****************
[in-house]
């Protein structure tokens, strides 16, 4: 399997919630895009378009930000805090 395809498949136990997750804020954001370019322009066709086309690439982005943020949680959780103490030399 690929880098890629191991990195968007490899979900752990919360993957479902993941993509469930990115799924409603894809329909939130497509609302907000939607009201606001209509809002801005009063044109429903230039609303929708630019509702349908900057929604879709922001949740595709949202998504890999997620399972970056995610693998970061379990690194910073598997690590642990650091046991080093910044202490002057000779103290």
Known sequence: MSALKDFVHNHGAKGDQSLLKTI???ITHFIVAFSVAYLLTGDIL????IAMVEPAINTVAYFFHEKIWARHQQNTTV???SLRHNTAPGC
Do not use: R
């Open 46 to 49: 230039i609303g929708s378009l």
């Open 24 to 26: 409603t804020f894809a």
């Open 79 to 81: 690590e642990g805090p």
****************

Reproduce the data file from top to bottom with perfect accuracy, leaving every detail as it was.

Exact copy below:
[in-house]
């Protein structure tokens, strides 16, 4: 399997919630895009378009930000805090 395809498949136990997750804020954001370019322009066709086309690439982005943020949680959780103490030399 690929880098890629191991990195968007490899979900752990919360993957479902993941993509469930990115799924409603894809329909939130497509609302907000939607009201606001209509809002801005009063044109429903230039609303929708630019509702349908900057929604879709922001949740595709949202998504890999997620399972970056995610693998970061379990690194910073598997690590642990650091046991080093910044202490002057000779103290």
Known sequence: MSALKDFVHNHGAKGDQSLLKTI???ITHFIVAFSVAYLLTGDIL????IAMVEPAINTVAYFFHEKIWARHQQNTTV???SLRHNTAPGC
Do not use: R
């Open 46 to 49: 230039i609303g929708s378009l």
């Open 24 to 26: 409603t804020f894809a």
């Open 79 to 81: 690590e642990g805090p």